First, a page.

This bottle is a good conversation starter for any bar cart (Dylan designs the labels) that also happens to a pretty easy-drinking whiskey or mixer.

7. Wilderness Trail Small Batch Bottled In Bond

Wilderness Trail Bottled in Bond
Wilderness Trail

ABV: 50%

Average Price: $46

The Whiskey:

Wilderness Trail is the whiskey nerd’s whiskey. Dr. Pat, who started off selling yeast to brewers and distillers, helped start this distillery based on making the best of the best. This expression starts off with a high rye mash bill of 64 percent corn, 24 percent rye, and 12 percent malted barley. That whiskey is aged on-site and then only 12 barrels are pulled for this small batch expression.

Tasting Notes:

This draws you in with a piping hot apple pie full of stewed apples, wintry spice, and a lard crust accented by vanilla, a touch of applewood, and subtle salted caramel drizzle. The palate leans into the stewed apples at first then counters with freshly cracked black pepper before the caramel sweetness takes the mid-palate towards the finish. The end is full of winter spices with a hint of peppery tobacco leaf and a touch of dry wicker furniture.

Bottom Line:

There’s a nice balance to the peppery rye notes and those sweeter bourbon ones that help this stand out. This is just an easy-drinking bourbon, in general, with very little to push you away. Still, I feel like this leans more into a solid cocktail mixer and a perfectly fine on the rocks sipper territory.

6. George Dickel Barrel Select

Diageo

ABV: 43%

Average Price: $48

The Whisky:

This is Dickel’s main “small batch” whisky. The standard juice is aged for nine to 12 years and built from 12 or fewer barrels. Those hand-selected barrels are vatted and then cut with that soft Tennessee water to a very approachable 86 proof.

Tasting Notes:

You get soft notes of corn next to butterscotch, oily vanilla, fresh leather, a touch of orange rind, and maybe a little cherry on the nose. The palate delivers a mix of eggnog spices with hints of vanilla, creamed corn, dry cedar bark, and a slight savory note that leans towards fresh green herbs. A note of black Neco Wafers arrive on the mid-palate and leans into almost powdered banana and anise. The end lingers on the spices as the vanilla and cedar leave you with a dry feeling on the back of your palate.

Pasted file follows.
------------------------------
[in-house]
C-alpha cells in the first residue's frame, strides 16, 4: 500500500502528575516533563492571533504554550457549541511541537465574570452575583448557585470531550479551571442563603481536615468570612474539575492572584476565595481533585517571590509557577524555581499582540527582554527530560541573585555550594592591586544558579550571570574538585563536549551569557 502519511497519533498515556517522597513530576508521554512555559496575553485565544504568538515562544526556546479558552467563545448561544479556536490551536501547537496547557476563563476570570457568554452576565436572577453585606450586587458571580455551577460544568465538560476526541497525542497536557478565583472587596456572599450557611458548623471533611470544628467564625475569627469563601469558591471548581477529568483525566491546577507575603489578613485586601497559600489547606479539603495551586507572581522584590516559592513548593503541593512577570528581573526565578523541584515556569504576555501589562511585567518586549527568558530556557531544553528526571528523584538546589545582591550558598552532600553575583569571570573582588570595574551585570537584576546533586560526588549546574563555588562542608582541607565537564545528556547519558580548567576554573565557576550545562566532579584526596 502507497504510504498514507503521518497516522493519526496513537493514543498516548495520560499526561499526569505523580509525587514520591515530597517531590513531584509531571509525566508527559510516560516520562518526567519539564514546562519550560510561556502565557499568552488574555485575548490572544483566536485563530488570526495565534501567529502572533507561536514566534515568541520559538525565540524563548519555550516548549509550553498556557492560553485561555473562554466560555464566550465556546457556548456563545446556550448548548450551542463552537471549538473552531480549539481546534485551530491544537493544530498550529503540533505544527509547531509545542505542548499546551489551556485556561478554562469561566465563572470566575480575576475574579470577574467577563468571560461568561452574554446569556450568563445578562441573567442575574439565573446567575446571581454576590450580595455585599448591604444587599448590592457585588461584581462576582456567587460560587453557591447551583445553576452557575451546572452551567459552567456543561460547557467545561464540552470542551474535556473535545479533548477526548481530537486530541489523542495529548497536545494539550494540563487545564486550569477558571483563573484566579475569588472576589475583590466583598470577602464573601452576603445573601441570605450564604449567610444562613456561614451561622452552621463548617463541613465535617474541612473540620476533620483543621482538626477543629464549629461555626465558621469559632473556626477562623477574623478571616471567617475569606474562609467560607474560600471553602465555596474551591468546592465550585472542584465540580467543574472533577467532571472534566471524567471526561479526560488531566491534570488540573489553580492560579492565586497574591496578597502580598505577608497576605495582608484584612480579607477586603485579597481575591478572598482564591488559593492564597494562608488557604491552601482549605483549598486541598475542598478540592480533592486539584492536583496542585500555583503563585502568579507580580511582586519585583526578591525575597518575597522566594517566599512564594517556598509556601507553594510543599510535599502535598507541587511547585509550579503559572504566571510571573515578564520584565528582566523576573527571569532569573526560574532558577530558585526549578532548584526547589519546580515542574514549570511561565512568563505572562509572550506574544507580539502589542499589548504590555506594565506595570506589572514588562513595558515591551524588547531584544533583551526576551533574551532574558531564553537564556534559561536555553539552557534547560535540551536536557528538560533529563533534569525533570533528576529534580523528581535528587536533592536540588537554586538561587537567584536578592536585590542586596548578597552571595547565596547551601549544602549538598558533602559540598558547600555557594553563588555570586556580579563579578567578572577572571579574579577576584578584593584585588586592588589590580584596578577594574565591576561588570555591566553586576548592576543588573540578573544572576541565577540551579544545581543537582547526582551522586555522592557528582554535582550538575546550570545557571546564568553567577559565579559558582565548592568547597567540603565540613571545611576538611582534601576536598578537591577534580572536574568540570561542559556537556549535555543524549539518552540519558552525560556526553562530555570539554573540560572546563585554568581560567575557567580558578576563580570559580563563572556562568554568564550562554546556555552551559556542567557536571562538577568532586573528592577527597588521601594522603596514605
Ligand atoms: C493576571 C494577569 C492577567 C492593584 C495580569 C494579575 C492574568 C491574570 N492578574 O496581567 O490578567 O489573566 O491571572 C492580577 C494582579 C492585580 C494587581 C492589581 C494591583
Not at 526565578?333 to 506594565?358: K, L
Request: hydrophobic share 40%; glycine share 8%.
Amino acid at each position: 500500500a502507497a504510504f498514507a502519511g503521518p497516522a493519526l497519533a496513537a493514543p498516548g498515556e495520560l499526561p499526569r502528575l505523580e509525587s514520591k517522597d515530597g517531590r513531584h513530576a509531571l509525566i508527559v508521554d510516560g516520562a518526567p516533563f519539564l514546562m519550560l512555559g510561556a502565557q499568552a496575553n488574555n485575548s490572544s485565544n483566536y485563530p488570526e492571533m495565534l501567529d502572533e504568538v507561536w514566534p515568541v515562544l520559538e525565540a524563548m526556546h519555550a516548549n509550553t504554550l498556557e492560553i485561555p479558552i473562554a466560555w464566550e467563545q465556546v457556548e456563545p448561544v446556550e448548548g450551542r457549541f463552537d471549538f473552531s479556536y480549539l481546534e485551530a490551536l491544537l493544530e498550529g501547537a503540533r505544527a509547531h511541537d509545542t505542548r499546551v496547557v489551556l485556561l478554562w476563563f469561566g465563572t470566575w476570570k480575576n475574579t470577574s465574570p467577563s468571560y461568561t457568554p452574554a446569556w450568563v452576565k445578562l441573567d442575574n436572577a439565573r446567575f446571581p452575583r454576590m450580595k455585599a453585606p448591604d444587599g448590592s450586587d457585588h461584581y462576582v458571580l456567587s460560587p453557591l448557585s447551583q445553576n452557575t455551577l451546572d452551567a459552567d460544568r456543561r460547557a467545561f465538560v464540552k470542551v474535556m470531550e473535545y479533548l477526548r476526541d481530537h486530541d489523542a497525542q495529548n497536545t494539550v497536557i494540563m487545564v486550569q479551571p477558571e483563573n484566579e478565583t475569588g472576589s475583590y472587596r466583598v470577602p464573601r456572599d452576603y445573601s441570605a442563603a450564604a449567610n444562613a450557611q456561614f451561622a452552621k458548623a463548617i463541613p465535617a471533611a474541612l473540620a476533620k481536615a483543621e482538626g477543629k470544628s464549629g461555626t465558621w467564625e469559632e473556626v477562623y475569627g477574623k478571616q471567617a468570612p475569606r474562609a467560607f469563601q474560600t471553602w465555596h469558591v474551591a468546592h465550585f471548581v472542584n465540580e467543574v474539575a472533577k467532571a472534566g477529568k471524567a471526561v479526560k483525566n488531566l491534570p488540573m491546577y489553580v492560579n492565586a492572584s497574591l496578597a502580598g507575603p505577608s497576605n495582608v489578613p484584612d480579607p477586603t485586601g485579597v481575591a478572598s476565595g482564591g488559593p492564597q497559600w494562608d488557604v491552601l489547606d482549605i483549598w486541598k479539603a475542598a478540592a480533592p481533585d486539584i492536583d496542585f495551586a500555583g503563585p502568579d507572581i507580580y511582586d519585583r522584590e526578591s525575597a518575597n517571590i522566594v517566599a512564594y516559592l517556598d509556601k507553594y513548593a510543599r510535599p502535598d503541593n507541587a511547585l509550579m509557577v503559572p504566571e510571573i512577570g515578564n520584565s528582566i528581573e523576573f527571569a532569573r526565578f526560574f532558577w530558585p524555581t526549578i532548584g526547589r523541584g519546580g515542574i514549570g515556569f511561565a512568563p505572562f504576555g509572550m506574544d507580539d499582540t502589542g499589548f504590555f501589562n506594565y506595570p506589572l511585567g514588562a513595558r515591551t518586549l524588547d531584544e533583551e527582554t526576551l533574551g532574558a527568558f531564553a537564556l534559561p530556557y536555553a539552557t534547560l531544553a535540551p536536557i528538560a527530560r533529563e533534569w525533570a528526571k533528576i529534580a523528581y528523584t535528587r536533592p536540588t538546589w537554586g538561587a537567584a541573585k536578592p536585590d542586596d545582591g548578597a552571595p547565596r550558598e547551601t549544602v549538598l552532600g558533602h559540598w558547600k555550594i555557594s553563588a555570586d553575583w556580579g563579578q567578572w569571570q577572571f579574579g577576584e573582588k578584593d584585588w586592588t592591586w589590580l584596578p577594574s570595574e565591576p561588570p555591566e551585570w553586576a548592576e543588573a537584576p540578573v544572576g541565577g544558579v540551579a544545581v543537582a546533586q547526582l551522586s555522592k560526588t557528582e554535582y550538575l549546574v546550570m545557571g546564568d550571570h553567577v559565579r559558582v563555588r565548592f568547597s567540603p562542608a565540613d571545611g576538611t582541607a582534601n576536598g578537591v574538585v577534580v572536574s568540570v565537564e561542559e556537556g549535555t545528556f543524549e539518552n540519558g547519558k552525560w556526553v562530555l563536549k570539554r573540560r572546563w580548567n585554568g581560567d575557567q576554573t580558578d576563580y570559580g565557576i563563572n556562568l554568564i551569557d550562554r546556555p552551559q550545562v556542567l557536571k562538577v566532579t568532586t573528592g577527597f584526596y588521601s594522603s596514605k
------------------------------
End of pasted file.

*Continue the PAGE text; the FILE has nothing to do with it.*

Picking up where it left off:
Bottom Line:

This is one of the more interesting sips on the list. That powdery fruit and spice help this feel like a true outlier. It’s also pretty divisive. I dig it, especially over some rocks or in a cocktail.

5. Four Roses Small Batch Select

Four Roses

ABV: 52%

Average Price: $49

The Whiskey:

This expression uses six of Four Rose’s ten whiskeys in their small-batching process. The idea is to blend both high and low-rye bourbons with yeast strains that highlight “delicate fruit,” “slight spice,” and “herbal notes.” The whiskeys tend to spend at least six years in the barrel before blending and proofing with just a touch of Kentucky’s soft limestone water.

Tasting Notes:

Raspberry and cloves mix with old oak and draw you in on the nose. The palate amps up the dark berry sweetness with a bit of tartness as a stone fruit vibe comes into play. The spice heightens and leans into winter spice with a focus on nutmeg. Finally, a wisp of fresh mint arrives to counterpoint the whole sip as the oak, vanilla, berries, and spice all slowly fade out.

Bottom Line:

This is where things land squarely in the great sipper territory. Again, that’s not to say I don’t use this in cocktails. I just prefer it over a rock or two after a long day.

4. Jefferson’s Reserve Very Old Very Small Batch

Castle Brands

ABV: 45.1%

Average Price: $40

The Whiskey:

Jefferson’s really hits it out of the park with their sourced juice. The “very old” element of this small-batched blend means that eight to 12 barrels of four unique bourbons were selected to be married, with the oldest clocking in at 20-years-old. That juice is then proofed with soft Kentucky limestone water to bring it down to a very approachable 90.2 proof.